By transferring what Harmay created online — quality store design, customer services, limited collections, and omnichannel retailing — to its offline locations, the brand garnered massive social buzz along with sales. Since social media KOL/KOC marketing dominates the Chinese market, Harmay’s offline sites now offer refreshing hands-on shopping experiences to its customers. When it comes to skincare and color cosmetics, young customers want to personally experience them by trying on, smelling, and feeling the products. They aren’t a generation that just obeys big stars and brand slogans; they want to decide how to be stylish on their own.
As a way to distinguish themselves from online sellers, brands are designing their physical beauty stores to encourage virality on social media and initiate word-of-mouth tactics via real consumers. For example, The Colorist, with a stock of over 6,000 SKUs, has adopted a more open floor plan with bright interiors at its stores. Its rainbow-colored decor has become a selfie spot for customers, who then post such photos on Weibo, WeChat, or other Chinese social media platforms. Harmay, according to its creative team, is designed to look like a behind-the-scenes view of its online store, as the products and the distribution/delivery processing areas are out where the consumers can engage with them. The bare concrete ceiling, steel shelves, and fluorescent lamps mimic the atmosphere of a beauty factory, leaving customers feeling like their shopping time was both active and creative.
“The routine” stays but expands
After visiting several cosmetic stores across Beijing, Jing Daily found that around two-thirds of customers said they wouldn’t cut their beauty routines, even during a pandemic. Global growth may face a devastating slowdown during this time, but the Chinese beauty market continues to show surprising resilience. Thanks to Chinese demographic changes, younger consumers (age 17-25) are spending more money at an earlier age. They have different consumption habits compared to older cosmetics enthusiasts, including earlier introductions to skincare shopping, added steps to skincare and cosmetics routines, and an attitude that makeup is essential for social interactions.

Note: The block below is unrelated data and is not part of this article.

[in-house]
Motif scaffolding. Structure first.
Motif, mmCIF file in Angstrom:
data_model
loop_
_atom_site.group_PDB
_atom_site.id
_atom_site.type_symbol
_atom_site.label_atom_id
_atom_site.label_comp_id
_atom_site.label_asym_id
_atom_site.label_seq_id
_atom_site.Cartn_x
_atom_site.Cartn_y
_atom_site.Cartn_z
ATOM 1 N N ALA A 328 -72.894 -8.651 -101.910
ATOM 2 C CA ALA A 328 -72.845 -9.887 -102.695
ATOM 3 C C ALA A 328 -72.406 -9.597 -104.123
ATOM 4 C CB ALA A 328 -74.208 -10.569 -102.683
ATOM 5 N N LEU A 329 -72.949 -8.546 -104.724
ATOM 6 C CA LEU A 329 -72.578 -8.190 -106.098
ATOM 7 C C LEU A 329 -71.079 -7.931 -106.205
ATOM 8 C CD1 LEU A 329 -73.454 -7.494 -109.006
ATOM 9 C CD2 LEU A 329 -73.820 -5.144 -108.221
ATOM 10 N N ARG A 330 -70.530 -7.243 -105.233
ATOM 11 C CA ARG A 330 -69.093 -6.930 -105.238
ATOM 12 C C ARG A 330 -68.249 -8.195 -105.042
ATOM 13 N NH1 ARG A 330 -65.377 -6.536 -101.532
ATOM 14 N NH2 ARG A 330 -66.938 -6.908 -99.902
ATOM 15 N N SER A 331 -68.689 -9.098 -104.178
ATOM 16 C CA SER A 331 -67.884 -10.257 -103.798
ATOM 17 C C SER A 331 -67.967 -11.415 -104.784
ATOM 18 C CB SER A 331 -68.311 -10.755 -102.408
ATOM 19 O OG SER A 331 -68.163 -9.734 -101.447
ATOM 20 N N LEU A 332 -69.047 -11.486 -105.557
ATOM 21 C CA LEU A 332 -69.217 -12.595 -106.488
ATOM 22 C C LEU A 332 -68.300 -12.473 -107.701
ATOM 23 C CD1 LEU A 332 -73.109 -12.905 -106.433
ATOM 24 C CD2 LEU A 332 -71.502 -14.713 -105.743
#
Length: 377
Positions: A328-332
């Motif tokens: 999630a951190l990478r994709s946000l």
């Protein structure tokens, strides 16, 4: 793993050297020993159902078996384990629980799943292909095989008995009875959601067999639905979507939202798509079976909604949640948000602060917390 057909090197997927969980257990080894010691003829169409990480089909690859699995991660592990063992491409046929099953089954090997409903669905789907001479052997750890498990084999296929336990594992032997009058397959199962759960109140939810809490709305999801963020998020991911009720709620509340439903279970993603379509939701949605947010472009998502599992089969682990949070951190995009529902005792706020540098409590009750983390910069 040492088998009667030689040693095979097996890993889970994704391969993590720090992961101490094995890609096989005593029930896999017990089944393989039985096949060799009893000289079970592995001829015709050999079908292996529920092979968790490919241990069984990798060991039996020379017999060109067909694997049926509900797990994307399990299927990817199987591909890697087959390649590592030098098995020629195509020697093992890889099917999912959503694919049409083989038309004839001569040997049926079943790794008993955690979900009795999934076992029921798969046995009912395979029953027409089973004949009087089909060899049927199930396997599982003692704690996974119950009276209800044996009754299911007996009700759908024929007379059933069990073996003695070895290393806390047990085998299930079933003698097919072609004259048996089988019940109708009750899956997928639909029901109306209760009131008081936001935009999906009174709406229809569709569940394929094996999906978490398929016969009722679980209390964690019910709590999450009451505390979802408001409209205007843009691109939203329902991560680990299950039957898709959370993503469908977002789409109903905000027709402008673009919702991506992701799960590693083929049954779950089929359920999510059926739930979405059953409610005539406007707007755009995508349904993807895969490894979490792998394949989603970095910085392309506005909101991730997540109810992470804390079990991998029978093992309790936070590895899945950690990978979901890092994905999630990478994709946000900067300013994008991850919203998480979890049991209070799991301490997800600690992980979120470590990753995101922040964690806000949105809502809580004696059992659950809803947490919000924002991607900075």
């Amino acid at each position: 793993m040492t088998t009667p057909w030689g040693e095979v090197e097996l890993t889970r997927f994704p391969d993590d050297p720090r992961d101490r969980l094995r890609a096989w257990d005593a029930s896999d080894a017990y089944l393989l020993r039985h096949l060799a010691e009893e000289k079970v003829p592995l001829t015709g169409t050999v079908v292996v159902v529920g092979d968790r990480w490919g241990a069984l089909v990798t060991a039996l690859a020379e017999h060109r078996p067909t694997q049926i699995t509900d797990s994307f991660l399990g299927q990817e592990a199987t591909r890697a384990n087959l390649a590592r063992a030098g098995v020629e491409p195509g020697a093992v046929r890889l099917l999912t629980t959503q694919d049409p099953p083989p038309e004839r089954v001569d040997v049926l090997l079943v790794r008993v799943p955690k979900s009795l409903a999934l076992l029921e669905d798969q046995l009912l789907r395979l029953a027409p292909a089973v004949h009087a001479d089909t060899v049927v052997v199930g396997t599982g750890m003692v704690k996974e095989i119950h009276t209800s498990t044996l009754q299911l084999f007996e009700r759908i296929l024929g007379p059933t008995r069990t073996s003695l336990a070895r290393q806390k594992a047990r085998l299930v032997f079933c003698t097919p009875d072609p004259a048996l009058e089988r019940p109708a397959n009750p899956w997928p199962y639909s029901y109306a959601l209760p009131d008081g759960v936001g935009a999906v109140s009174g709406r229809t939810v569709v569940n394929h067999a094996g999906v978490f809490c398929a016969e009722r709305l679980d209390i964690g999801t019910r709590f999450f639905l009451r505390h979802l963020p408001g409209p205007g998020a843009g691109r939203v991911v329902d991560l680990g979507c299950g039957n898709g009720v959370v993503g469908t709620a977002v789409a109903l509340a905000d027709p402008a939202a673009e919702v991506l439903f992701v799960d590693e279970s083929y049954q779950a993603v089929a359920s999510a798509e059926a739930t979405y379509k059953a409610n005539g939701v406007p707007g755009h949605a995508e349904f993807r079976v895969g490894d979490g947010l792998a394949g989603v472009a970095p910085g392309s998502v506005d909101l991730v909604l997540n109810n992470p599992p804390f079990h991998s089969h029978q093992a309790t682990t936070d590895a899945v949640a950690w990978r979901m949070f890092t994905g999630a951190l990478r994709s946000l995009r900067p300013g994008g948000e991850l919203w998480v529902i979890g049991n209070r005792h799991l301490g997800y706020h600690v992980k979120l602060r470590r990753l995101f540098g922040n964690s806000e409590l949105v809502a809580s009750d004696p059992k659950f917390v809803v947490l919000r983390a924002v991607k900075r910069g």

According to Joyce Chen, who has been helping Western brands market in China for over five years, “around 75 percent of Gen-Z customers are proactively trying new, niche beauty brands, and even very junior customers are bold [enough] to buy something luxurious.” She confirmed that social media is the most powerful influence on consumer purchasing decisions, and offline cosmetic transaction data shows that young people are, indeed, guided by virtual marketing campaigns.
After traditional department stores and the e-commerce craze, it’s safe to say that offline retail chains are now filling a role as the beauty market’s “third stop.” This is a trend that has been shaped by the times and China’s new economy.
Beauty consumers in China are better off financially than they were in the past and have more disposable income, so now they buy luxury beauty brands right away rather than start by buying domestic, entry-level products. That has led many retailers to display their most luxurious brands in prominent shifts instead of playing it safe. And since China’s middle class is expected to double in population over the not-to-distant future, the country’s luxury beauty consumption should only continue to expand.